September 25th, 2012 posted by CORE

Screen Shot 2012-09-10 at 10.45.07 AM

Where: 15 West 20th Street, 7A
Size: 2 bedrooms (plus home office), 3 bathrooms
Asking: $2,895,000
Listed by: Adrian Noriega

This large apartment in the red-hot Flatiron District has a big, bright and airy feel that is lacking in many pre-war condominium loft buildings, even ones with more famous addresses. (See Adrian Noriega’s listing for all the photos.) The spacious home office is a nice bonus, as are the three full bathrooms, laundry room, direct elevator access and working fireplace. All that said, there’s more to enjoy without leaving the property: The 2,259-square-foot unit sits high on the seventh floor of the Altair 20, a condo that boasts both a gym and a sprawling shared roof deck. Update: This apartment has gone into contract!

Be the first to comment

September 24th, 2012 posted by CORE

A sampling of last week’s press coverage of CORE and CORE properties.

“Slim supply gives condo prices new pop”
Record rents, low interest rates and wealthy buyers looking to invest their fortunes are all helping to pump up the condominium sales market, Crain’s reports. One of the projects benefiting from the lack of new inventory is CORE’s Walker Tower development (above). “Walker Tower is shattering record prices for downtown,” CORE CEO Shaun Osher tells Crain’s. For more on Osher’s take on the current real estate market, read his comments on the new housing shortage.

“Trophies On Display: In Gaga Global New York, the Loudest Listings Bag the Billionaires”
New York Observer
In the Observer’s look at the current culture within Manhattan’s luxury real estate world (”If you’ve got it, flaunt it. That’s the new rule of thumb in luxury real estate, anyway.”), CORE Managing Director Emily Beare commented on the important roles advertising and publicity play in marketing expensive properties.

“What’s new”
New York Post
The Post’s big fall real estate preview featured CORE’s upcoming 93 Worth Street project on its cover. The former garment factory in TriBeCa, built in 1924, will launch sales later this fall with prices from $1,250 to $2,000 a square foot. Click here for more on the project.

Be the first to comment

September 21st, 2012 posted by CORE


Following up our status report earlier this week on One Murray Park, we thought we’d share this additional shot of one portion of the rooftop terrace atop Long Island City’s newest luxury condominium building. In the background are the waterfront towers of LIC, as well as the Midtown Manhattan skyline, with the United Nations and the Chrysler Building being the most prominent. Residents will even be able to see the new World Trade Center taking shape — you can spot 1 World Trade Center, what will be the tallest building in the country, in the distance. The Chrysler Building and 1 World Trade Center in the same view? A unique perspective from a unique building. Click here for more on One Murray Park.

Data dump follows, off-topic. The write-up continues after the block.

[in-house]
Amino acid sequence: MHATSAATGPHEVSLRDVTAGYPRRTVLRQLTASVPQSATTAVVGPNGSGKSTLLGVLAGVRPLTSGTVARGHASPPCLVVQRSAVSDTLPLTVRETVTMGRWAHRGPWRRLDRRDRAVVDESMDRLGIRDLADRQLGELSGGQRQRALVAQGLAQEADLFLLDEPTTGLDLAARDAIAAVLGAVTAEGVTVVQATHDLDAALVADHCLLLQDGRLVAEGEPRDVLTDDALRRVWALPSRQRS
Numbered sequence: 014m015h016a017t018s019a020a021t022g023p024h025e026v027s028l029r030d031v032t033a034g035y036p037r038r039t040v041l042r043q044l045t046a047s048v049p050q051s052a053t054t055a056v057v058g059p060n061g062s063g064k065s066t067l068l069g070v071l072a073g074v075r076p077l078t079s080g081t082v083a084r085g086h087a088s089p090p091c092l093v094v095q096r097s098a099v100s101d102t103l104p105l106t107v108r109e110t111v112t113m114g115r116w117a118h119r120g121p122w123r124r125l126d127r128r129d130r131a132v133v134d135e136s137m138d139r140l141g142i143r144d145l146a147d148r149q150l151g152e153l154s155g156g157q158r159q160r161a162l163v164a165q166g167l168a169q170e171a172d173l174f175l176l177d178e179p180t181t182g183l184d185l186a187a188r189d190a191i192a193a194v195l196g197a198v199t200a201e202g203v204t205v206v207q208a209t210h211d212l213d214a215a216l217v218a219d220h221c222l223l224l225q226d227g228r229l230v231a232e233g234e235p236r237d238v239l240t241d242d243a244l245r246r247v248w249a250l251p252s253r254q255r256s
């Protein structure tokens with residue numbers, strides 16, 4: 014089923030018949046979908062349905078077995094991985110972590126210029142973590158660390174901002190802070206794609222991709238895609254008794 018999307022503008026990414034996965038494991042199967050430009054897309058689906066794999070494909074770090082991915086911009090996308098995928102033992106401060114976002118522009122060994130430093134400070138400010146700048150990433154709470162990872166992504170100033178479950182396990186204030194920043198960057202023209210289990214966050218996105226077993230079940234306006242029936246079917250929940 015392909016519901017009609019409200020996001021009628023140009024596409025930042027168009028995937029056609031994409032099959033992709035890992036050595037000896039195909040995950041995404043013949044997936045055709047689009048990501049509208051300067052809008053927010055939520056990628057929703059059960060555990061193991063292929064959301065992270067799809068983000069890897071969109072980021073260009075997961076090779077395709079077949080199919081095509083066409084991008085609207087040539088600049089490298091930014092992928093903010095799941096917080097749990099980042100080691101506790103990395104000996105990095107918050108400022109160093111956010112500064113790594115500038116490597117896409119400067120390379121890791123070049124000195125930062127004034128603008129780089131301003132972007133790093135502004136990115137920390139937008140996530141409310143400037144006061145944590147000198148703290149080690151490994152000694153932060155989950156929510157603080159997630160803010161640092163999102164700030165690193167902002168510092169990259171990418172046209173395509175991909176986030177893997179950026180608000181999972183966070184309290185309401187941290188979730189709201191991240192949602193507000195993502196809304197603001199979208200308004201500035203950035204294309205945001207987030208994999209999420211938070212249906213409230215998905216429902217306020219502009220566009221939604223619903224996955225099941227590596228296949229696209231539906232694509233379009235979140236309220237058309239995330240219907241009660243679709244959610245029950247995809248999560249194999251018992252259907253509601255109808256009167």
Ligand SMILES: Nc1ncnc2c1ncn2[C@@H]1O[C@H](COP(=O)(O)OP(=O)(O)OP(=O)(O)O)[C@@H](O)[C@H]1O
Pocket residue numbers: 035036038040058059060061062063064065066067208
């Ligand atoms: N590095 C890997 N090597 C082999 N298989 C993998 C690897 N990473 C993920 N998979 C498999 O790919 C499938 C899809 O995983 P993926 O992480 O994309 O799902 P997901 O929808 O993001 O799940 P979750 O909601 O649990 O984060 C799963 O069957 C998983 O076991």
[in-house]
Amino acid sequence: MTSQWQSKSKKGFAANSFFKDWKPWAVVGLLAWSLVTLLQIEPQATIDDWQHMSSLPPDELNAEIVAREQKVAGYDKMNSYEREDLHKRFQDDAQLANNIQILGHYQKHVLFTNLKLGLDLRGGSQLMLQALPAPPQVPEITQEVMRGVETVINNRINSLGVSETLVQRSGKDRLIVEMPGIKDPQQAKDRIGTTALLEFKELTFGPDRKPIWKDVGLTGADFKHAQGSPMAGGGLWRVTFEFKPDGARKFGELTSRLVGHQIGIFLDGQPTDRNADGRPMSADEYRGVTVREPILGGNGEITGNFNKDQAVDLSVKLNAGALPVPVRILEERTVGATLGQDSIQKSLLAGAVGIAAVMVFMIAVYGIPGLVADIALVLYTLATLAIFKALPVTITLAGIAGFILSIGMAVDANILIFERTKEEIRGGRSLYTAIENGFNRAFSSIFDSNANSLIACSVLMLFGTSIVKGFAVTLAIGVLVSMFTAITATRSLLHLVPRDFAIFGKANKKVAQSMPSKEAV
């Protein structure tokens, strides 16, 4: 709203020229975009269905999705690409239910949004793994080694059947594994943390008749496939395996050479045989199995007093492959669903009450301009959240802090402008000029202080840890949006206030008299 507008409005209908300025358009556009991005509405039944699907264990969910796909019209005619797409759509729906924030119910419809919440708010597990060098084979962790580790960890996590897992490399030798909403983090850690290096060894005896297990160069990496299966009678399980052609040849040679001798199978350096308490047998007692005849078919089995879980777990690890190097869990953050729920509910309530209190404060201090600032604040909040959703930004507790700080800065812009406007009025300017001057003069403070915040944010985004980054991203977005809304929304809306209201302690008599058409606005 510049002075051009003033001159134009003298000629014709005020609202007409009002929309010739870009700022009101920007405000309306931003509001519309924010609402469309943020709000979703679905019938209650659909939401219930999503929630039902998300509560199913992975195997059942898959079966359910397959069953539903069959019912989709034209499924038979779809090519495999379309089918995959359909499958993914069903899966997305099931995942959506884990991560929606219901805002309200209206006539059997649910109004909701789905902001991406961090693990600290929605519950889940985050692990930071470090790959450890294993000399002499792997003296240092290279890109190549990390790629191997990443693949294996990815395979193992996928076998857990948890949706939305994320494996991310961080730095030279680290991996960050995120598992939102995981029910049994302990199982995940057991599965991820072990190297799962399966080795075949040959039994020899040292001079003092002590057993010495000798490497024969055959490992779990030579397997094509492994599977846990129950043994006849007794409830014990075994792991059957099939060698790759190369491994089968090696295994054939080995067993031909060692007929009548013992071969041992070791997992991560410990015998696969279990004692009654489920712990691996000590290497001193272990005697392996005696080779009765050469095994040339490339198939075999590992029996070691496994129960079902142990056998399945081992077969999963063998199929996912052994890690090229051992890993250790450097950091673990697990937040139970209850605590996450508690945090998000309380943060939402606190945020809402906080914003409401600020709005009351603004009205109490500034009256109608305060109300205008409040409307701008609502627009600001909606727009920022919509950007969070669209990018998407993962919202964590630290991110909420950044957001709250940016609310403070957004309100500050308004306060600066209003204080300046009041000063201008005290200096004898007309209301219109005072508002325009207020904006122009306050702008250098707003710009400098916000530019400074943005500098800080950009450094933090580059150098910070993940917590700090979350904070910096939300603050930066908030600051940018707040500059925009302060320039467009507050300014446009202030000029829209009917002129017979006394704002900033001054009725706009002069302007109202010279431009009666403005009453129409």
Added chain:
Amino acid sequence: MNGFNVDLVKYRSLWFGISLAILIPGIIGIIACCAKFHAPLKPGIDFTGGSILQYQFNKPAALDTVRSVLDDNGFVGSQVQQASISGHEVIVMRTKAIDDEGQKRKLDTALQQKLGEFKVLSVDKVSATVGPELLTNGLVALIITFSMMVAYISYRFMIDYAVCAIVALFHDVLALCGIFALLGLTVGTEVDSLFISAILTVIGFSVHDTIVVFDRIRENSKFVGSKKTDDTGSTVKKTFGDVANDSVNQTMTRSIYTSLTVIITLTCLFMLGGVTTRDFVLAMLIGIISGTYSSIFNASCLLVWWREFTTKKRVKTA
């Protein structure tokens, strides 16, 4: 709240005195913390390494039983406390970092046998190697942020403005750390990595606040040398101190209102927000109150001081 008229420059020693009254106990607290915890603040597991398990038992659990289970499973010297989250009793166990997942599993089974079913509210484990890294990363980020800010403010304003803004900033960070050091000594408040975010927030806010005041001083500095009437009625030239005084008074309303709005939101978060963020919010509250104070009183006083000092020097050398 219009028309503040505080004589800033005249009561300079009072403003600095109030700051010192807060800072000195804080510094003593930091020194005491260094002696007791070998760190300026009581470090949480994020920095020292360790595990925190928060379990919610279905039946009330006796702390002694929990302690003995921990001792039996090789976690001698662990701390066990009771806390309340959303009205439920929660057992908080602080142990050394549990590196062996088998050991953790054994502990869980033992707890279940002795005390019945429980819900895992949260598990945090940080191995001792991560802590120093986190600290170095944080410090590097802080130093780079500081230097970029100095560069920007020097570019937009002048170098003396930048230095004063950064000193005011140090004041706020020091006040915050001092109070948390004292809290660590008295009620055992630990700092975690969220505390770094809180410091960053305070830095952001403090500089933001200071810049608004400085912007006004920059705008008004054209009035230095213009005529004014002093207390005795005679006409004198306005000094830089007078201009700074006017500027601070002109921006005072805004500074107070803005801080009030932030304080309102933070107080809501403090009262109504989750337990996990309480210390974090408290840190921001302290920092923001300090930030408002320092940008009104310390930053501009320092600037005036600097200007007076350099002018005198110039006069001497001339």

Be the first to comment

September 20th, 2012 posted by CORE

core_93worthNYPsFlip open the New York Post today and you’ll see CORE’s upcoming 93 Worth Street project on the cover of the Home section. The TriBeCa luxury condominium building, a conversion of a garment factory and office building built in 1924, was announced last October, and now there are finally specifics to share. Here’s what the Post has to say (you can find the story online here):

Built in 1924, 93 Worth St. began as a garment factory. For the past 50 years, it has served as an office building. And now it has met its destiny — the same destiny as so many buildings in this city — as a luxury condominium. The 13-story TriBeCa building will offer 92 units, studios to four-bedrooms, priced from $1,250 to $2,000 a square foot. Amenities will include a 24-hour doorman, fitness center, playroom, lounge and 3,845-square-foot roof deck. On the ground floor will be 10,000 square feet of commercial space. Sales will start this fall.

The 93 Worth website recently launched with a sign-up form for more information. Head over there and sign up to be among the first to get details of the building’s sales launch.

Be the first to comment

September 19th, 2012 posted by CORE


Closings have just kicked off at One Murray Park, the new 45-unit luxury condominium development in Long Island City along a recently renovated playground and park. The building, one of the few new developments in this rapidly transforming neighborhood, is now 64% in contract, according to CORE’s Doron Zwickel, who is handling sales and marketing for the building. Featuring amenities such as a doorman, fitness center, residents’ library, roof deck and indoor parking, One Murray Park is also entering the homestretch of construction, which makes it the perfect time to check in on the building following our earlier sneak peek inside.

Read the rest of this entry »

Be the first to comment

September 17th, 2012 posted by Shaun Osher

core_shaunportrait091712As expected, CORE’s latest Real Time Report (click here to download the PDF), which includes the most current contract data from StreetEasy, showed us that the Manhattan real estate market is strong across the board. Our monthly report found that, compared to last year, overall contract volume rose by over 26%, while inventory has continued to shrink — an overall decrease of 11% since last year. And this week Crain’s reports that this high demand and lack of supply is sending condominium prices soaring, with great success for sellers. In fact, our Walker Tower project is highlighted as one new development that is capitalizing on this “pricing pop.”